Wednesday, January 6, 2010

the guilt is strange. i smoked one cigarette today. that is one more than none. but i think i should have some right to say to myself, 'good job, you have gone from smoking usually at least 10 a day down to one.' but then i feel like i should not allow myself to say that, because i am guilty of the one, and the compromises feed the devious smoker's mind.

please forgive the diversion below, but i was just thinking about guilt, and seemed to recall from 2nd year philosophy nietzsche being all over the guilt thing. some searching and i found this...this is all just taking bits and pieces and totally does not give justice to the totality of the arguments of the original text or the insights of the essay!

"to take upon oneself not punishment, but guilt. that alone would be god-like."

friedrich nietzsche

all quotes below from an essay on nietzsche's genealogy of morals here:

"Guilt, in its general form, is ethically-experienced regret at one's failure (not necessarily intentional) to honour obligations to which one genuinely feels committed;"

the essay goes on to describe the relationship between guilt and the concept of nietzsche's 'bad conscience'. in terms of an awareness of one's 'masterly' instincts for bad, anti-social behaviour and the need to quell these instincts, the experience of 'bad conscience' is an "unpleasant combination of potential guilt towards society, liability towards oneself, and the need for self-aggression towards masterly instincts."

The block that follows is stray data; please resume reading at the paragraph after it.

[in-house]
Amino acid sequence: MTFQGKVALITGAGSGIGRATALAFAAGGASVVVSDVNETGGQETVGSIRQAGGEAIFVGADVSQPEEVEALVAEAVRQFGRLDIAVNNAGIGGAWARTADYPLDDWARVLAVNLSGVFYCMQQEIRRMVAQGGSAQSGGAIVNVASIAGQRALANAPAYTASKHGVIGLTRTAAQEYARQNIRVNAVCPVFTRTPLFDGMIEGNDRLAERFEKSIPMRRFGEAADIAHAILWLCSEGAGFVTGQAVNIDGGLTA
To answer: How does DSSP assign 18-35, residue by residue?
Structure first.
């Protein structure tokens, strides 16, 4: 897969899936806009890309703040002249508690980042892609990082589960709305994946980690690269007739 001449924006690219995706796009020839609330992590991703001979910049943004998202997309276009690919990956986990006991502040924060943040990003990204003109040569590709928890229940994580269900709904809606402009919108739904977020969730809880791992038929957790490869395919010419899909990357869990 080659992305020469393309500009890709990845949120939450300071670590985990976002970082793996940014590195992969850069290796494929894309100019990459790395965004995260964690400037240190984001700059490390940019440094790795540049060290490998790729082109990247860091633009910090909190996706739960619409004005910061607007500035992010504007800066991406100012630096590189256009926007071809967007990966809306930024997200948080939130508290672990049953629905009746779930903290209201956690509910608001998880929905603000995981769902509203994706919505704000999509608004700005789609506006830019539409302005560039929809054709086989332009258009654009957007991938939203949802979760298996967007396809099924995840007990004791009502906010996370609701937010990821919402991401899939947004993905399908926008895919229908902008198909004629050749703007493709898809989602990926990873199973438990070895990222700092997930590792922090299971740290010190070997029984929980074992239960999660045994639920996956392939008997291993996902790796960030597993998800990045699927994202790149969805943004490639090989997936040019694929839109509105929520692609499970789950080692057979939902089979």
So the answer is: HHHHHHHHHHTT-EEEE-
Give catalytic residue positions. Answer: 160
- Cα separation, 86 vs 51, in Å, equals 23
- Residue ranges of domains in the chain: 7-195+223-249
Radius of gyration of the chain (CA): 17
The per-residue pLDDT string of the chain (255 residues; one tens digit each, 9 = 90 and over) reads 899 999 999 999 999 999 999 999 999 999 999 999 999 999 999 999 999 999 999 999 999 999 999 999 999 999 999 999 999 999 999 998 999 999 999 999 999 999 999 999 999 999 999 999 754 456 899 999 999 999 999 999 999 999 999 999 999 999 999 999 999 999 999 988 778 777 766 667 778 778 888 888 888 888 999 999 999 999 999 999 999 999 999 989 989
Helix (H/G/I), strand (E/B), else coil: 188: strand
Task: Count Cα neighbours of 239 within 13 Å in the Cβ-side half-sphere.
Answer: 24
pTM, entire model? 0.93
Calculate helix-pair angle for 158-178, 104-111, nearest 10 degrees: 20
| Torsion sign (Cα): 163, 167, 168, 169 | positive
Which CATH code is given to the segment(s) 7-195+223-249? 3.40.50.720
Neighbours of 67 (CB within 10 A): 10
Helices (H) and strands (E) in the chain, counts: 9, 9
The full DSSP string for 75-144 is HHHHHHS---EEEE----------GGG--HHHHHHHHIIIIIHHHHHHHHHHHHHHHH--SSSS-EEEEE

but bad conscience can be active, positive:

"... Nietzsche burn into a great part of one's nature a 'no' to its outward expression, to become contemptuous of instincts of which one was 'formerly' proudest, to live with the contradiction of a freedom that is both restricted (externally) and enhanced (internally), creates a wholly new phenomenology: that of human nature as problematical and contradictory, that of oneself as a riddle to oneself, that of the tortured 'inner life' perpetually examining itself, that of a compromised 'outer' freedom versus a purer 'inner' freedom. In short: with the 'bad conscience' we get 'the internalization of man', his creation of an inner, freer world, later christened 'the soul'. Nietzsche calls this state 'active' bad conscience (GM, II, 16)."

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